Fix: The error returned when trying to retrieve these settings from the local security policy database (%windir%\security\database\secedit.sdb) was: The parameter is incorrect

Howto fix error when opening Windows Server 2003 Local Security Policy:

The Group Policy security settings that apply to this machine could not be determined. The error returned when trying to retrieve these settings from the local security policy database (%windir%\security\database\secedit.sdb) was: The parameter is incorrect.

All local security settings will be displayed, but no indication will be given as to whether or not a given security setting is defined by Group Policy.

Any local security setting modified through this User Interface may subsequently be overriden by domain-level policies.

Windows cannot read template information.

Many documents suggest that renaming the %windir%\security\database\secedit.sdb file and rebooting the server will resolve this issue by recreating the security database. Unfortunately, this procedure never resulted in the secedit.sdb database file being re-created, even after a server reboot.

I also tried importing a new secedit.sdb database, but that failed with the following error:

An extended error has occurred. Import failed.

After much Googling I came across MS KB932461 You cannot determine Group Policy security settings on a Windows Server 2003, Enterprise Edition-based computer. Even though the OS of the offending servers is Windows Server 2003 R2 Standard (not Enterprise) the fix described in the KB document fixed this issue.

The cause of the problem is explained by the KB as

“This problem occurs if specific Group Policy security settings are changed from their default settings. These security settings specify the minimum required security setting of server-side and client-side network connections for programs that use the NTLM security support provider (SSP).”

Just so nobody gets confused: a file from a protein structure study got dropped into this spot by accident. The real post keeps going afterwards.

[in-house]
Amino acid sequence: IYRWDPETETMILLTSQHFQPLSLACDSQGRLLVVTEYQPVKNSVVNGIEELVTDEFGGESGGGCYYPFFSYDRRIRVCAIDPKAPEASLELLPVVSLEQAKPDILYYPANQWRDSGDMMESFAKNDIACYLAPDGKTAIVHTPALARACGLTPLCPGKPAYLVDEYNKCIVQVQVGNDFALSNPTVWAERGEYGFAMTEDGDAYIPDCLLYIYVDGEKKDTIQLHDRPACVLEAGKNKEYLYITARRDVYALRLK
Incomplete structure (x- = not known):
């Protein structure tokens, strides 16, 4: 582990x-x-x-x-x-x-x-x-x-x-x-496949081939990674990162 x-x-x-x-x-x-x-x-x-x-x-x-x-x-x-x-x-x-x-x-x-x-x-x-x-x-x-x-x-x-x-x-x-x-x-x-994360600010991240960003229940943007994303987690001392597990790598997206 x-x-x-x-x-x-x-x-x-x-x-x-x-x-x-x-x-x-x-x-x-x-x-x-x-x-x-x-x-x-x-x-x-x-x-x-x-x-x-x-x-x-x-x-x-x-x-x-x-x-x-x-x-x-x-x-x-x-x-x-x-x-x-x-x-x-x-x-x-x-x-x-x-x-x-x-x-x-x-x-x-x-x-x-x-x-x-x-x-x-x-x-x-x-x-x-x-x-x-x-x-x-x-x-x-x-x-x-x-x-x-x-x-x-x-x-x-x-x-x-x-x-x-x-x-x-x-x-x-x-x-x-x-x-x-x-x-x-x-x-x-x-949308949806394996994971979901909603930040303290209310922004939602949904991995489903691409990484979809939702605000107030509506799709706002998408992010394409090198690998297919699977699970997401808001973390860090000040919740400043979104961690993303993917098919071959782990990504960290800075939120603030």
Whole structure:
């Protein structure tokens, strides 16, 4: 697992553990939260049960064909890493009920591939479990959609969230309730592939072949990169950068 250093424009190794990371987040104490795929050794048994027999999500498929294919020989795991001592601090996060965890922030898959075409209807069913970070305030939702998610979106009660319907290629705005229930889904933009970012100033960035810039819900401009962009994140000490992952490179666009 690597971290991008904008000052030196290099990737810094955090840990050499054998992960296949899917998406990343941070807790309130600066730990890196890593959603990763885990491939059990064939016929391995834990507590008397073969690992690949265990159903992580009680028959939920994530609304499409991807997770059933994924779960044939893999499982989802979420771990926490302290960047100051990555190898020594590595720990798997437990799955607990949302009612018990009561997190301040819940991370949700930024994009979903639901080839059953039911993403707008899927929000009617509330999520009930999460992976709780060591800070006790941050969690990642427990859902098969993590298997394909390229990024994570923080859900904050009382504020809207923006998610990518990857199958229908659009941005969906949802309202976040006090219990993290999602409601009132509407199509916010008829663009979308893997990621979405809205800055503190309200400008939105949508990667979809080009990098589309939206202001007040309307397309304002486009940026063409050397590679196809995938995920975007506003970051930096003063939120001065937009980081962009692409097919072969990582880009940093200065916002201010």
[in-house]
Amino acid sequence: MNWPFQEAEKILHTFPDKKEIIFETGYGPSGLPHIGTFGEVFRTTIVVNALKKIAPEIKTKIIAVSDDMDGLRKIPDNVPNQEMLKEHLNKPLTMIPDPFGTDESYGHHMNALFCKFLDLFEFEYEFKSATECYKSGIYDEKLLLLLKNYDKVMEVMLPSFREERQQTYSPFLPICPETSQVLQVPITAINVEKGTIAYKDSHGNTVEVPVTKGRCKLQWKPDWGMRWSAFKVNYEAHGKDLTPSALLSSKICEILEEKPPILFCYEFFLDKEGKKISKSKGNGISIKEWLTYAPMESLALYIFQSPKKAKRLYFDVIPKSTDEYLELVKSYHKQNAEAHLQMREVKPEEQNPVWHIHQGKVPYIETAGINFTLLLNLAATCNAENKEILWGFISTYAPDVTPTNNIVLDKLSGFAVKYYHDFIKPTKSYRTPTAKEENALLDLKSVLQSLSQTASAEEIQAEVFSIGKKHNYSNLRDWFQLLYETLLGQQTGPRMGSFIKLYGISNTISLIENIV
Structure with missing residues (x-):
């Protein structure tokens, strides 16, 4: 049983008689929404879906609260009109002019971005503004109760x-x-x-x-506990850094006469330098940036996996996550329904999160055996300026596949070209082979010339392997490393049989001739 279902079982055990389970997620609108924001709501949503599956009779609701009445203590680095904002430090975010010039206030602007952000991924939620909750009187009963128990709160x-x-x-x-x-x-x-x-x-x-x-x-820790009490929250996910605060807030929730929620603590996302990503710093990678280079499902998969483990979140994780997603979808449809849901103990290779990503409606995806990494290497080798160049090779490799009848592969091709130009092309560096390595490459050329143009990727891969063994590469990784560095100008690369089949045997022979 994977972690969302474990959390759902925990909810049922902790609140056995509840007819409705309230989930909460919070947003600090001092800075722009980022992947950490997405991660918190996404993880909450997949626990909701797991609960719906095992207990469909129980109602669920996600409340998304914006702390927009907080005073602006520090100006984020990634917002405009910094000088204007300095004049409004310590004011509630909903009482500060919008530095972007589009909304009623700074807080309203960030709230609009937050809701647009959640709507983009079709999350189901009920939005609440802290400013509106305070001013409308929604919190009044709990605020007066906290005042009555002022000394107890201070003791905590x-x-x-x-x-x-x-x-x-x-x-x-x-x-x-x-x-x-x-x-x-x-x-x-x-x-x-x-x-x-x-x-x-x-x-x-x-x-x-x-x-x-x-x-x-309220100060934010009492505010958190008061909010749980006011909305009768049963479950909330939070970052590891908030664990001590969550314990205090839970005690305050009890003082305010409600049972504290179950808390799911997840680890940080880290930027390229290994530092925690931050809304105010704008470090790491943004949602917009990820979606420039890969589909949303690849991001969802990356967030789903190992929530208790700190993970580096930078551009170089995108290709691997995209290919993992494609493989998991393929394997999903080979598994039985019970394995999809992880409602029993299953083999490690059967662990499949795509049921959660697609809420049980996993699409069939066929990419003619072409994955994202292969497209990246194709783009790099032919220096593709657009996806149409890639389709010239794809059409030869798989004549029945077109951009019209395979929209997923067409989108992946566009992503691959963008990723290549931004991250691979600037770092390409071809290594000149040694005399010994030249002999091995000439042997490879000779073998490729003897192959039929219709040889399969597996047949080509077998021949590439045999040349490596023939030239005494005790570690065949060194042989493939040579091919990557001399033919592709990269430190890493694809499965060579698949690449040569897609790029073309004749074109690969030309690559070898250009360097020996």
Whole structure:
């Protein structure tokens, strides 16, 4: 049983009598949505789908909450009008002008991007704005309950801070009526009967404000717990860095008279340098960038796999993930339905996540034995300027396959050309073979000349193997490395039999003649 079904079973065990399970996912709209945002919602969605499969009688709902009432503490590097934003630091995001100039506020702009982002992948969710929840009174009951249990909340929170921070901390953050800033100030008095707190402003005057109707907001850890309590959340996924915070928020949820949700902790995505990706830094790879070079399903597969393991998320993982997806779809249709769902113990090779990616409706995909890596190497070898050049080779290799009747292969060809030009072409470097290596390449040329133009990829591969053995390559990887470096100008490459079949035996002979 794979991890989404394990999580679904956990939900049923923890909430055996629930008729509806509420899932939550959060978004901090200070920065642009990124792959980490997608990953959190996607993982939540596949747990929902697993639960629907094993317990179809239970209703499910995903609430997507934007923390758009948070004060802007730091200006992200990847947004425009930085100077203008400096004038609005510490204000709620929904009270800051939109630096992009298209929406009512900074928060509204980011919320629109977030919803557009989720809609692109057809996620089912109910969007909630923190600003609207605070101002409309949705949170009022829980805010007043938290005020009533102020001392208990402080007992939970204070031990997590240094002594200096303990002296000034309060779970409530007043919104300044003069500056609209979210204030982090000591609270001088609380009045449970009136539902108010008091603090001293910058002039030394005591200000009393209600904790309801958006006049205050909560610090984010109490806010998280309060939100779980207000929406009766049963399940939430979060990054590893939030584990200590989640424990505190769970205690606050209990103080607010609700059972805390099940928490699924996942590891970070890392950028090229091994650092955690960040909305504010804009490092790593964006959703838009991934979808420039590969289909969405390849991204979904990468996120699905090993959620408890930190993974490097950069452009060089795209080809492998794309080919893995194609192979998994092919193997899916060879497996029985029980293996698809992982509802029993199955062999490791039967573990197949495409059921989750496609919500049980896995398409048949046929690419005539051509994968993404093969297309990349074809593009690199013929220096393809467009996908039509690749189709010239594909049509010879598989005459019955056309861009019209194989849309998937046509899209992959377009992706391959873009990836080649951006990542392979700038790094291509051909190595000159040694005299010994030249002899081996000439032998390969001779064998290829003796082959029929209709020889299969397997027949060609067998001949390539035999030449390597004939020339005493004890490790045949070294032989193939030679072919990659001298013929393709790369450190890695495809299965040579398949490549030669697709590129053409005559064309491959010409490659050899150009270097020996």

The solution was to edit the registry key
HKEY_LOCAL_MACHINE\SYSTEM\CurrentControlSet\Control\Lsa\MSV1_0
Set the values of NtlmMinServerSec and NtlmMinClientSec to 0 (zero)

Wait about 15-30 minutes for the change to take effect and you should be able to view the Local Security Policy once again!

If you’re curious what these keys do, NtlmMinServerSec specifies the minimum required security setting of server-side network connections for applications using the NTLM security support provider (SSP).

NtlmMinClientSec specifies the minimum required security setting of client-side network connections for applications using the NTLM security support provider (SSP).

In my case both of these settings had previous values of 0x20080030 which enforces message integrity, confidentiality, use of NTLMv2 and 128-bit encryption.

Comments [1]

  1. I was tweaking some LAN Manager security settings in the AD and a member workstation, and I ended up running into exactly this problem (couldn’t access Local Policy on the workstation. I found your post above, and tried it, and it worked perfectly. Thanks!!

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